Saturday , December 3 2016

No pay, no expenses, no laws for Venezuela’s opposition lawmakers

On a minor scale, congressmen say they are also being obstructed from doing their job because of lack of state assets.

lawmakers

Caracas: They say they have not been waged for 2 months, have had their electricity cut and are sometimes barred from flights – and the laws they pass are impassable anyway.

Venezuela’s opposition lawmakers blame the socialist government of damaging their work after winning a mainstream in congress last December.

The pro-government Supreme Court has choked all congress’ bills from becoming law. Former this week, the high court also permitted President Nicolas Maduro to present the 2017 budget without congressional approval.

On a minor scale, congressmen say they are also being obstructed from doing their job because of lack of state assets.

“There’s no money for anything,” stated lawmaker Angel Alvarado, adding he take on board printer ink with his own money.

“OPEC-member Venezuela is in distress through a severe economic crisis with the unavailability of basic goods and food and rising crime.

Half a dozen opposition lawmakers say they have not been waged for 2 months, and those living outside the capital Caracas say they have never received travel expenses.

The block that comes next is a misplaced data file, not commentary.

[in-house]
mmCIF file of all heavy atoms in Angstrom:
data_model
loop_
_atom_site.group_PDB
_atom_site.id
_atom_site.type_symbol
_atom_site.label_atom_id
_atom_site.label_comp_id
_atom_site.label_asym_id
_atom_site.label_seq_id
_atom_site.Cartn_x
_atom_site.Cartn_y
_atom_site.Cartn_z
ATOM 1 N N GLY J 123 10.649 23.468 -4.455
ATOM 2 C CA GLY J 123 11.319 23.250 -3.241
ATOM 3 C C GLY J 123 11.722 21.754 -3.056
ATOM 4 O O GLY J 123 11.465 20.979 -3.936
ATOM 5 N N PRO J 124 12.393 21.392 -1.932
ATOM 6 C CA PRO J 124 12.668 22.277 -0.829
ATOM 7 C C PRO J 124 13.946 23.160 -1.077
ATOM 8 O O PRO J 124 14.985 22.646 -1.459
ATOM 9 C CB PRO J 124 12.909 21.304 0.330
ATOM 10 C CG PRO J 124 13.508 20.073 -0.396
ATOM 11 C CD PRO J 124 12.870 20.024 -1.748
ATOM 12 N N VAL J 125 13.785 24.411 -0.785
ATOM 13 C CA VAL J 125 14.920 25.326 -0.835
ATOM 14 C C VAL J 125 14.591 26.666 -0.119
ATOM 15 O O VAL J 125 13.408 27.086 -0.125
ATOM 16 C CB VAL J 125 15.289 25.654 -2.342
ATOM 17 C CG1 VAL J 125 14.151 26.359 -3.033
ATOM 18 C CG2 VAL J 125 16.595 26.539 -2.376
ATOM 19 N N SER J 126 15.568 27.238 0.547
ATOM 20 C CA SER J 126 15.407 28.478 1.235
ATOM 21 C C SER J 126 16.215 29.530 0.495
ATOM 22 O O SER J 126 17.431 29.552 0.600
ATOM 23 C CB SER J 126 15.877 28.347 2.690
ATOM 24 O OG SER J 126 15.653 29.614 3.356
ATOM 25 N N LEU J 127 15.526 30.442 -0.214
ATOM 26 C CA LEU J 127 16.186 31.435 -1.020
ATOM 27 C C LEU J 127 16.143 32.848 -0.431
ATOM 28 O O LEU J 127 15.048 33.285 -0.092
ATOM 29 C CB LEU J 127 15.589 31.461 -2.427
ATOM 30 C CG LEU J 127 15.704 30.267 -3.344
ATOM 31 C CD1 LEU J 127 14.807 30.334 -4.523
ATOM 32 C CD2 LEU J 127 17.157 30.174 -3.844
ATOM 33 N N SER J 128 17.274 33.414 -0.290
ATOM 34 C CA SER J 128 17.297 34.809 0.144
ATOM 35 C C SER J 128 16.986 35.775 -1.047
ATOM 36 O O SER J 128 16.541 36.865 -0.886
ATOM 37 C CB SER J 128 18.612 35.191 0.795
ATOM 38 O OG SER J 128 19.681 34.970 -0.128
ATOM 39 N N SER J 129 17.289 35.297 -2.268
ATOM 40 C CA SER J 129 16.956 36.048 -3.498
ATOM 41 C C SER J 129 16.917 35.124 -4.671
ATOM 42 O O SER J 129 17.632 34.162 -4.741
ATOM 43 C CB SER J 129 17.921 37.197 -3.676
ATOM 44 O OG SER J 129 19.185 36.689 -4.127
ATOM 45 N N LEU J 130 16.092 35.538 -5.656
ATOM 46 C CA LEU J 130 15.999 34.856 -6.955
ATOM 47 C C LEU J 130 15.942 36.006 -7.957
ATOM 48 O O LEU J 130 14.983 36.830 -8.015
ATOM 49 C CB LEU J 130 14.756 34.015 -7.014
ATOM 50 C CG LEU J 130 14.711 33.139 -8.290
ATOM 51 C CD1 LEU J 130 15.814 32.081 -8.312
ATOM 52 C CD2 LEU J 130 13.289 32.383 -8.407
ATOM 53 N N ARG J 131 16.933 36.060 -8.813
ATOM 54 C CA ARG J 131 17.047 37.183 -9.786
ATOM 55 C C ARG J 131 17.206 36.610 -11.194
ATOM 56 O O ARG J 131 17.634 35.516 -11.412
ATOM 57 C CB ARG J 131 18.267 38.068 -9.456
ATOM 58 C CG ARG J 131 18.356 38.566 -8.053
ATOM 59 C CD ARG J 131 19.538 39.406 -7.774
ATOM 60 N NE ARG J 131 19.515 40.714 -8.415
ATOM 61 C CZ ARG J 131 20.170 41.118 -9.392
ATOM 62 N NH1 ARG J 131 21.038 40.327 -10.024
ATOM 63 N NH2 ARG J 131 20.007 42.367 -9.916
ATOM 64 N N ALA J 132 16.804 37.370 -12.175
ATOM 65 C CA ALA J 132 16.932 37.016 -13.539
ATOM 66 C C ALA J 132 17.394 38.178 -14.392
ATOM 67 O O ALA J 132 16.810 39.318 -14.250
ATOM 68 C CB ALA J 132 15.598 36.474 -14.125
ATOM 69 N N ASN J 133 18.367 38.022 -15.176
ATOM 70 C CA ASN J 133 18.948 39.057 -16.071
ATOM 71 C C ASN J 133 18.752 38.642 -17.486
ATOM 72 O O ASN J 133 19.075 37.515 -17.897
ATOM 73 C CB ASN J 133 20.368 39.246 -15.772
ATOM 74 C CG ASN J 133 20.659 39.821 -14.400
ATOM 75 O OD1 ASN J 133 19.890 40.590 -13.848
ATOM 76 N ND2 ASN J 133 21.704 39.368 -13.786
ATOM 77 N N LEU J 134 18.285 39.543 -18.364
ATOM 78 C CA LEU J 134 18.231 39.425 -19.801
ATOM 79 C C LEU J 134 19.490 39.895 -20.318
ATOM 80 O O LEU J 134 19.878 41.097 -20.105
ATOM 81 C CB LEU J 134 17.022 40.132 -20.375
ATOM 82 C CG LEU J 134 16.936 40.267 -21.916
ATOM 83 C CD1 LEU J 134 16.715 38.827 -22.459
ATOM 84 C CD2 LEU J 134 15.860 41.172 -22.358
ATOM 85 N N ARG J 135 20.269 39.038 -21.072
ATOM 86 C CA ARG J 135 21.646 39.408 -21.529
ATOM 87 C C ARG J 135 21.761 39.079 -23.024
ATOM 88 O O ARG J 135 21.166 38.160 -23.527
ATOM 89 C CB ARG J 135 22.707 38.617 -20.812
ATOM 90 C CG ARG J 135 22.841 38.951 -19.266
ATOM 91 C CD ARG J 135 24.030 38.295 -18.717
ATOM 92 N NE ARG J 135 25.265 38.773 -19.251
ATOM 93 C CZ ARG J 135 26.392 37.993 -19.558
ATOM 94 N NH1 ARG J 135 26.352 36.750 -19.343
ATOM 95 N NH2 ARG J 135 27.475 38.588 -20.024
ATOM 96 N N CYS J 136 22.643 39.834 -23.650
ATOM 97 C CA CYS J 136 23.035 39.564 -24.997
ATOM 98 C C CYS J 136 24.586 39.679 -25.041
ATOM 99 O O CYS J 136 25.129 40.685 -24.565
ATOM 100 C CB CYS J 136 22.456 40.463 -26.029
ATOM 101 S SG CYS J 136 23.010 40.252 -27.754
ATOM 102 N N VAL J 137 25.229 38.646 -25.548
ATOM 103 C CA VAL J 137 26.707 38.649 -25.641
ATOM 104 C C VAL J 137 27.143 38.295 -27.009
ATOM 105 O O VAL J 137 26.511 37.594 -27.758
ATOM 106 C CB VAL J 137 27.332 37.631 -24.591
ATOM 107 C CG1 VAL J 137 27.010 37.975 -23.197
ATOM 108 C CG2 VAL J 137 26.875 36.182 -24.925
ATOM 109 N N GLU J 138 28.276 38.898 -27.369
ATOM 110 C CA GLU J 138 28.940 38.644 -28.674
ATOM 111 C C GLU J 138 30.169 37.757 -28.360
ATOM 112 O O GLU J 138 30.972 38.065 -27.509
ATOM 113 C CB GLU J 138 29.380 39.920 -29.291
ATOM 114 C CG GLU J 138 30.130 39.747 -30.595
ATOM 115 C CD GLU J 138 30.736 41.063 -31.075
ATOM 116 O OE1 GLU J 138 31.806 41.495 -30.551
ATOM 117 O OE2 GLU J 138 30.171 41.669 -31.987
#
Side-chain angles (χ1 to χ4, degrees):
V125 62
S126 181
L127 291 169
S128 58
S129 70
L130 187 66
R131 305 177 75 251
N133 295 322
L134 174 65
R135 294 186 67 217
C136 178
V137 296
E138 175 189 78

Gabriela Arellano, lawmaker for Tachira state near the Colombian border, stated she the had been two times prevented from boarding state airlines for a flight to Caracas because her name was on a blacklist. For the last 3 months, she has had to make the 14-hour trip by road.

Others stated they had been stopped when trying to travel to Margarita Island in September for a summit of the Non-Aligned Movement.

Previous week, a session of congress was postponed because it did not reach a minimum of 83 out of 167 lawmakers. The opposition stated the reason was the logistical problems.

Maduro stated attendance problems did not exist when he was a congressman in the then Socialist Party-controlled Congress, point the finger at “lazy” opposition lawmakers for the interlude of 25 sessions this year.

In a discourse on Friday, Maduro seemed to acknowledge lawmakers were not being waged because Congress was defying the law, saying he was only approving money for National Assembly workers.

The Information Ministry and Venezuela’s airline’s association did not respond to requests for comment.

Lawmakers should receive a forty bolivar monthly salary, just over a dollar a day at the black market exchange rate or $60 a month at the pathetic official rate.

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